These coffees are rare and are the product of a prized coffee plant called geisha. Varieties of coffee work just like wine; the genetic makeup of the plant as well as the place within the family tree both have a huge impact on the flavor of the finished product.
The geisha plant doesn’t produce a large yield and it is not hardy. However, in terms of flavor, it scores very high. Coffees from the geisha plant have a tea-like body a lot of the time, as well as unique floral flavors and unrivaled crispy acidity.
Originally from Ethiopia, nowadays the most celebrated of these coffees comes from Panama, from the place called Hacienda La Esmeralda.
I bet you can’t guess how much they can cost?
Geisha coffee can cost you $601 per pound.
That’s correct. In 2017, on the 19th of July, the Esmeralda farm for Geisha coffee production in Cañas Verdes Natural broke a world record. A record for the most expensive green coffee beans that has ever been sold, and one that in 2019 has now been updated to over $2000 per pound of coffee.
However, the majority of geishas will only cost you between 40 and 80 dollars a bag, beating the majority of coffees in terms of how expensive they are. Geishas are exquisite, fascinating, and rare, and they are well worth trying.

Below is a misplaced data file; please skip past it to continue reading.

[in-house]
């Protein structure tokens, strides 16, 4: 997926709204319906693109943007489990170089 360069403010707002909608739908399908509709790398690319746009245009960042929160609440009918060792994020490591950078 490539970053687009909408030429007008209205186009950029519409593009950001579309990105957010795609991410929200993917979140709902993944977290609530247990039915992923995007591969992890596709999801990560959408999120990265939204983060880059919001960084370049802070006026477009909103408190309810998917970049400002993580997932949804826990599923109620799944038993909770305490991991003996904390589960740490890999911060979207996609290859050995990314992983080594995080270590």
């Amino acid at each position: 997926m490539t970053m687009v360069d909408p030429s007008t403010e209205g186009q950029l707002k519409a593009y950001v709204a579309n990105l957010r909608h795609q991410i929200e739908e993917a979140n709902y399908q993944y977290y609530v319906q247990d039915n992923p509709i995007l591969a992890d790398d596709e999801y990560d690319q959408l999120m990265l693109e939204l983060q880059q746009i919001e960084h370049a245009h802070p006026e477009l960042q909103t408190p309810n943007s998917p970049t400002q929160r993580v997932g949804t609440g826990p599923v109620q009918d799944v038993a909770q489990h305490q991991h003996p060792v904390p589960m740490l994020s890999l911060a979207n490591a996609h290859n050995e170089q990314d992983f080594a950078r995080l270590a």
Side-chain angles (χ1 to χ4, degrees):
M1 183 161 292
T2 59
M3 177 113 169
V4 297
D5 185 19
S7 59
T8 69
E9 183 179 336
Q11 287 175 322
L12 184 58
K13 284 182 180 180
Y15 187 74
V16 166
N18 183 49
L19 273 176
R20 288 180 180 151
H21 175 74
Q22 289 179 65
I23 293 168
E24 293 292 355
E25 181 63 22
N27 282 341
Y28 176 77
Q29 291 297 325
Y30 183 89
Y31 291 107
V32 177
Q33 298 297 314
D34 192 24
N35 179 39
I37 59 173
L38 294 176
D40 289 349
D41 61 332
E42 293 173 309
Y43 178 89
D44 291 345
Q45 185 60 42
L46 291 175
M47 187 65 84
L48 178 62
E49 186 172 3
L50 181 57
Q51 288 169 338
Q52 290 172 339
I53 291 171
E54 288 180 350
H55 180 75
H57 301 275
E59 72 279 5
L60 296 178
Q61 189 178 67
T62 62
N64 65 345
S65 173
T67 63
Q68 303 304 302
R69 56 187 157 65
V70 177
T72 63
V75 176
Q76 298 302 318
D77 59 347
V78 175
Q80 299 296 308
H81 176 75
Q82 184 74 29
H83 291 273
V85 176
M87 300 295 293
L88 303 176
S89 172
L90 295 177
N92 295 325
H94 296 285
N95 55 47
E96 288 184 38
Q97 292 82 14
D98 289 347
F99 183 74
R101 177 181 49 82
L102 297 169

There are some more unique and rare varieties that produce awesome coffee, but the most popular of them has to be geishas.
ORIGINS OF EXOTIC COFFEE
Have you ever tasted coffee that has previously been eaten by cats or elephants and has been extracted from their waste?
Yes, it does exist, and it’s a thing!
There are many places that are involved in the production of exotic coffees that undergo some very strange processing stages. Such coffees meet a lot of demand but are usually in short supply. If you are at knowledgeable about economics, you will know that high demand and small supply can only equal one thing; high prices.